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Relating Ratios and Functions

Relating Ratios and Functions

A ratio can be turned into a function. To turn a ratio into a function, one side of the ratio must be set to 1. A ratio of 3 : 7 can be turned into a ratio of 1 : `frac(7)(3)`.

With one side of the ratio set to 1, it can now be mapped as `x -> frac(7)(3)x`, or described as `f(x) = frac(7)(3)x`. The function can be drawn as a graph to show, for example, conversion rates between units (miles and kilometres) or currencies.

Graph of a function derived from a ratio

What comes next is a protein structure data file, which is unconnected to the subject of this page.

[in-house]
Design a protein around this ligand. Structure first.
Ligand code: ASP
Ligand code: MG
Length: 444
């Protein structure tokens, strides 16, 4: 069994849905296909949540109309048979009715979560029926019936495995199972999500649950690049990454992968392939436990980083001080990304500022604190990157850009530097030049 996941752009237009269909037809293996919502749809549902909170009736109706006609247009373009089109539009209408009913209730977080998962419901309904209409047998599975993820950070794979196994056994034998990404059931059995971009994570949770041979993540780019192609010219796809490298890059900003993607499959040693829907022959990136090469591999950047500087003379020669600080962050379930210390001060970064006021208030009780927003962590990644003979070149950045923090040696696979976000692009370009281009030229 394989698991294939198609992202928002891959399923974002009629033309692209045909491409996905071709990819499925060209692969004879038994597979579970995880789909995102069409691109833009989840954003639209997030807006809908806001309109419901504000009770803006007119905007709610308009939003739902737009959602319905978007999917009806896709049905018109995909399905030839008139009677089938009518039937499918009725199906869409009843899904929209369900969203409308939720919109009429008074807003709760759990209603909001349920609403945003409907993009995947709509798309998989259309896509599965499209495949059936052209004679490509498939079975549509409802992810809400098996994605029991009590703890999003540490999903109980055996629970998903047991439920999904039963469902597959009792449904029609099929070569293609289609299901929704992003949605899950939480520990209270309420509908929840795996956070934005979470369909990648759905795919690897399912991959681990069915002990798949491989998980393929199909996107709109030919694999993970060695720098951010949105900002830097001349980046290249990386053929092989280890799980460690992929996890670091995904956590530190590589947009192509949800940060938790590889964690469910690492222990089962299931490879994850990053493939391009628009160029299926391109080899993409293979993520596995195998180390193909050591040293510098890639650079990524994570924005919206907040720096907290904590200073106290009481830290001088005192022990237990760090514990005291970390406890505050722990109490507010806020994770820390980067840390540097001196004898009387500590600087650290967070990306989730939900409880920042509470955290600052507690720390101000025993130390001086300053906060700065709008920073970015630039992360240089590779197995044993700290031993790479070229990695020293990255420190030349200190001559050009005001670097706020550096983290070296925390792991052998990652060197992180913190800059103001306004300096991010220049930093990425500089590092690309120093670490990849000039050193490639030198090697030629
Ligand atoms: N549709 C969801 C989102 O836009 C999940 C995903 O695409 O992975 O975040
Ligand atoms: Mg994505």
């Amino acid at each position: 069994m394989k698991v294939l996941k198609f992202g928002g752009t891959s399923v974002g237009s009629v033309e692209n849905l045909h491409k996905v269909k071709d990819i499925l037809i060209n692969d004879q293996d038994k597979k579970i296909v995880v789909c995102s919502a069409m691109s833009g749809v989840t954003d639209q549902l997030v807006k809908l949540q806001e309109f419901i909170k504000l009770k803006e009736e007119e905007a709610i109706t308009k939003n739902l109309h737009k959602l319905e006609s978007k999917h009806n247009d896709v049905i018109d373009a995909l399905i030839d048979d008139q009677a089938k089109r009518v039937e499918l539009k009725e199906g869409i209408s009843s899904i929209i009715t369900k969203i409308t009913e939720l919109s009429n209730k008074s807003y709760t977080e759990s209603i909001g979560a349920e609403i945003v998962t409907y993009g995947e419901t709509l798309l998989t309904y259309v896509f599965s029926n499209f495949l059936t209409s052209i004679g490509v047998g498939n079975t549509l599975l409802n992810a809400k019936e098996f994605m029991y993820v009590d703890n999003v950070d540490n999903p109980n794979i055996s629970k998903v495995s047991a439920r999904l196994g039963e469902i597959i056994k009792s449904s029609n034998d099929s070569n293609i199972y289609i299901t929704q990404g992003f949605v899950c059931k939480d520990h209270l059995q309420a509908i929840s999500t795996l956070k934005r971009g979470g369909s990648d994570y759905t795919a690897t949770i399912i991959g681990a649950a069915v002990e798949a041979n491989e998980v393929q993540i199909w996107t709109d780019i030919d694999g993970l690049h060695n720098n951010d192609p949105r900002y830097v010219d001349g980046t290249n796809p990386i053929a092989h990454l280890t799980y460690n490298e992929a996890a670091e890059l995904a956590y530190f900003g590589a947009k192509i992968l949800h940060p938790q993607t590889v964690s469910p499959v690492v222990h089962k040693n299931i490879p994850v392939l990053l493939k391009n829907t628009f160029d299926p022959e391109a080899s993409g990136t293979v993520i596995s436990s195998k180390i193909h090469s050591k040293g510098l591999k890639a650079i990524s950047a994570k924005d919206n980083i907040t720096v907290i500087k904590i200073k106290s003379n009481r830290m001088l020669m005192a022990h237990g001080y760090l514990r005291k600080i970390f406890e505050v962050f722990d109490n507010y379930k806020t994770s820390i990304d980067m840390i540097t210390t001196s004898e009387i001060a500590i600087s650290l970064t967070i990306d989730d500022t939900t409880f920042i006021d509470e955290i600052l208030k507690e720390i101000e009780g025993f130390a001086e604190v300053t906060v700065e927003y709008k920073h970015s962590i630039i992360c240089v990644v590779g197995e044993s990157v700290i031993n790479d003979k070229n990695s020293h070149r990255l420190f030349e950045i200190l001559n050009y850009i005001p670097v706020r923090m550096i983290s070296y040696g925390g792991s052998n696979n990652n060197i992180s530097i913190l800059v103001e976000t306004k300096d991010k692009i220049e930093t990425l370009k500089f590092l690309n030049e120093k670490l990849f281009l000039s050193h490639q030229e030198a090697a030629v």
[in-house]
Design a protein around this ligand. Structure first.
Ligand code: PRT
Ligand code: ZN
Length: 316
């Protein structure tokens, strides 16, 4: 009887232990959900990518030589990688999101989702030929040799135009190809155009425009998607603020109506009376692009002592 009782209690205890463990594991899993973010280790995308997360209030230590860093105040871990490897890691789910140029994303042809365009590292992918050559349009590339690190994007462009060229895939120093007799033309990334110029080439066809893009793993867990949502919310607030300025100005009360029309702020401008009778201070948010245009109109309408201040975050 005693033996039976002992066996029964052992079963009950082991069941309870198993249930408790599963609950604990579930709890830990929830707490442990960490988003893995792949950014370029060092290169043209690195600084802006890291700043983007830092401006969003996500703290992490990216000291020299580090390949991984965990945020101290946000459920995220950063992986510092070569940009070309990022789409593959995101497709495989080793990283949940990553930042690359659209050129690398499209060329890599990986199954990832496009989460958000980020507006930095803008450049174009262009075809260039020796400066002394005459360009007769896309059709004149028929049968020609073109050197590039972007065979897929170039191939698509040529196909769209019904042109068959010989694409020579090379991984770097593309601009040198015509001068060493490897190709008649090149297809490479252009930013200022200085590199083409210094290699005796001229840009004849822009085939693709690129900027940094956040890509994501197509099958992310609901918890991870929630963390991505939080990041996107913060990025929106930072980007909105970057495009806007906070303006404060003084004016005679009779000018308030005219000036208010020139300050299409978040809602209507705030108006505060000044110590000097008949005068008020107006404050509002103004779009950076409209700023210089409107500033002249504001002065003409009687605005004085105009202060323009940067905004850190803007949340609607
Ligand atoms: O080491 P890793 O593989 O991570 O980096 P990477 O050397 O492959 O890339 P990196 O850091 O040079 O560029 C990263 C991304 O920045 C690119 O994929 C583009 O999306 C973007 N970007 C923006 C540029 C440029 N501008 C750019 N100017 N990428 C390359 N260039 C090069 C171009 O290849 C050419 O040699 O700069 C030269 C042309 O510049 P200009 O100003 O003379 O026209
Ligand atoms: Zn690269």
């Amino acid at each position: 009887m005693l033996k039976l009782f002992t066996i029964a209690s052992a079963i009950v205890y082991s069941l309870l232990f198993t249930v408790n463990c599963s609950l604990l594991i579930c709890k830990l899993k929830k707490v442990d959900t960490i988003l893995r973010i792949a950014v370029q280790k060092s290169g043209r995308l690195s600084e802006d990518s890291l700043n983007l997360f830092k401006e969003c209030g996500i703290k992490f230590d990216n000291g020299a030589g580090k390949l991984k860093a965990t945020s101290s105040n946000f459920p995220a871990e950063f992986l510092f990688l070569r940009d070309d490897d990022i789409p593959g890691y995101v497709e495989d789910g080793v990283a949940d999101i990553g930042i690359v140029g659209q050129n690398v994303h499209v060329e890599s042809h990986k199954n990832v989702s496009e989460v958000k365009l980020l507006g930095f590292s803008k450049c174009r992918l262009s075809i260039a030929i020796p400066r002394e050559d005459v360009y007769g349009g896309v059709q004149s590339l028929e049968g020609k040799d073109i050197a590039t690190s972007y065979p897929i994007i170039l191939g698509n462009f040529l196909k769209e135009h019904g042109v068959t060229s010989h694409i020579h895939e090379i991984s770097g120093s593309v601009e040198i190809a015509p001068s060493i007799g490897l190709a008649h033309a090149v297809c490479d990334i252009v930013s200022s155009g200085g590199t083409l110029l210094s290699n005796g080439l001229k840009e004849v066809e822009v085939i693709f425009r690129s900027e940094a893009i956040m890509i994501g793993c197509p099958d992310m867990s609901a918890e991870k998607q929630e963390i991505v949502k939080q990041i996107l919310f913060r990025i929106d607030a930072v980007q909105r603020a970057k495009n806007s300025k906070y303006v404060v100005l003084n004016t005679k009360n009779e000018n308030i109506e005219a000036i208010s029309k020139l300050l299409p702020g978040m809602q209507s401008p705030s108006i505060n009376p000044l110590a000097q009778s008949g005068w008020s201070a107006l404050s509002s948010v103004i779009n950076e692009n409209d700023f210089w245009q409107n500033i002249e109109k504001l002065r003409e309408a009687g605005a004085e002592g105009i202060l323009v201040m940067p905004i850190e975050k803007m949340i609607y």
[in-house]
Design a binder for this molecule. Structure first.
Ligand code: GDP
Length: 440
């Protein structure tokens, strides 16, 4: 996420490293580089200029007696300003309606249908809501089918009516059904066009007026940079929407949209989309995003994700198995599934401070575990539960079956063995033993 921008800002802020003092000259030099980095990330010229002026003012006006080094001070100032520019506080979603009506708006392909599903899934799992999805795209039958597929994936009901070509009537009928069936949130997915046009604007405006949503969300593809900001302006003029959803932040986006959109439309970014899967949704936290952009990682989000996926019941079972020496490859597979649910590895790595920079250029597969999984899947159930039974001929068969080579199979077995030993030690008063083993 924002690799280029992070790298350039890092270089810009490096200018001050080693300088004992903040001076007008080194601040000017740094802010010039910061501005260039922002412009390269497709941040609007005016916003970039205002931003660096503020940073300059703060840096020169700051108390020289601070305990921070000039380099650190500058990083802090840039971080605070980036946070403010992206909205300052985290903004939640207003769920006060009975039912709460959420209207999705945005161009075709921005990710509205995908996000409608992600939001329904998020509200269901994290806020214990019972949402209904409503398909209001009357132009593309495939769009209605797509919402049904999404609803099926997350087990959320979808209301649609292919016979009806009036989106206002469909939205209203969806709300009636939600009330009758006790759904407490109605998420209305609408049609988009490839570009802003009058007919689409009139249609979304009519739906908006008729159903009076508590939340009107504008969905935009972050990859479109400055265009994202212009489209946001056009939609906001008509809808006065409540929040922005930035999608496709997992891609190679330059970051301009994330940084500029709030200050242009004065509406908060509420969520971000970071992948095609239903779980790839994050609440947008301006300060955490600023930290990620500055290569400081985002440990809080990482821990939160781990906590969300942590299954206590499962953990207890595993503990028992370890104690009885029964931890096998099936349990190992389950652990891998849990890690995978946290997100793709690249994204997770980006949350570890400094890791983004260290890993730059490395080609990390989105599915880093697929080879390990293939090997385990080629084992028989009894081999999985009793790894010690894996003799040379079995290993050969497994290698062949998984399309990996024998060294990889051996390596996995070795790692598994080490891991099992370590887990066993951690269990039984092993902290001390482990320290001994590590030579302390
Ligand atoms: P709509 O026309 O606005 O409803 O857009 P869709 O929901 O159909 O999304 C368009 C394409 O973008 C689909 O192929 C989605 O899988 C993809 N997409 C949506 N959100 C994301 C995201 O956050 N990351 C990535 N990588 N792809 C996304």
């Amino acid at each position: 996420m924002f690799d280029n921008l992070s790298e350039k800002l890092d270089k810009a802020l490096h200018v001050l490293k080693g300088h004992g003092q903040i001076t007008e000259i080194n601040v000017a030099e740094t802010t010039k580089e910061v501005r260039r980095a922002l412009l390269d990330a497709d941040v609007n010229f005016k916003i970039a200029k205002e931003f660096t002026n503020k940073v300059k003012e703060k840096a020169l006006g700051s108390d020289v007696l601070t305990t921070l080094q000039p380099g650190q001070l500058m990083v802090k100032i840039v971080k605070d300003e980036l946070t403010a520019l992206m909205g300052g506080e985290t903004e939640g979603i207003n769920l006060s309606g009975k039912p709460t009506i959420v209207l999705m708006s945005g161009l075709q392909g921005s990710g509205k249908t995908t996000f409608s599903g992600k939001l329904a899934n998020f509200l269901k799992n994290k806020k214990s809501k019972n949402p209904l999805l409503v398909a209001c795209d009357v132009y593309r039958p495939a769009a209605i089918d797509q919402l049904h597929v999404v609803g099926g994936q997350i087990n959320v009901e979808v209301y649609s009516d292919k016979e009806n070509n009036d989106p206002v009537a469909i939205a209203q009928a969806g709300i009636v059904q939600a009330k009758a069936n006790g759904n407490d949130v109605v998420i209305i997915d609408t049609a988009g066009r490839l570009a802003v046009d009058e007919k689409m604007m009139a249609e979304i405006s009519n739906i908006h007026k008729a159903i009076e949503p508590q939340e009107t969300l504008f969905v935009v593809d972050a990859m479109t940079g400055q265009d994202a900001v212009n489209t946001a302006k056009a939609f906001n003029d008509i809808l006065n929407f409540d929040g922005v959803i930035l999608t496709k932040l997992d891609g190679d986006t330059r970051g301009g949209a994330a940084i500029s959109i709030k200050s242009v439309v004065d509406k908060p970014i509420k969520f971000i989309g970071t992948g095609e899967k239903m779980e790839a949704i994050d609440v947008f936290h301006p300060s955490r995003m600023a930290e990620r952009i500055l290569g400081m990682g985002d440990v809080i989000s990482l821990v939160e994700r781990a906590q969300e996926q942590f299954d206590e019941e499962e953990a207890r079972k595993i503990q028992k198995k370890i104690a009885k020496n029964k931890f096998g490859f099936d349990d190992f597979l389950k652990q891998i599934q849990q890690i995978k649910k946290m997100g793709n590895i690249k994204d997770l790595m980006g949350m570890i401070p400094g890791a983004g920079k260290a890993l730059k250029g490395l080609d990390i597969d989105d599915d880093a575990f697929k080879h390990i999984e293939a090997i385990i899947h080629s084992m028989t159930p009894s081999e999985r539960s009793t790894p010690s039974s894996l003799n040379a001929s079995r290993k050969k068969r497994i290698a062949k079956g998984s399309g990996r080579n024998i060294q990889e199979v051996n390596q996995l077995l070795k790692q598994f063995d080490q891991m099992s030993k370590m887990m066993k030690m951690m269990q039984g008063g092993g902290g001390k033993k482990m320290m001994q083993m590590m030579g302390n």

The gradient of the graph gives the ratio. The graph will also pass through (0,0).

Example 1

A ratio 1:5 is mapped as a function, and plotted onto a graph. What is the gradient of the graph?.

The function will be plotted as `x -> 5x`. The gradient is given by `frac(text(up))(text(along))` = `frac(5)(1)`.

Answer: 5

Example 2

A courier company charges a flat rate of £10, then £1.20 per kilometre. Can this be written as a ratio? Explain your answer.

If the charges were plotted as a graph against distance, the graph would not pass through the origin (0,0). This is not a ratio.

Answer: No. When one value of a ratio is zero, then all values of the ratio must be zero.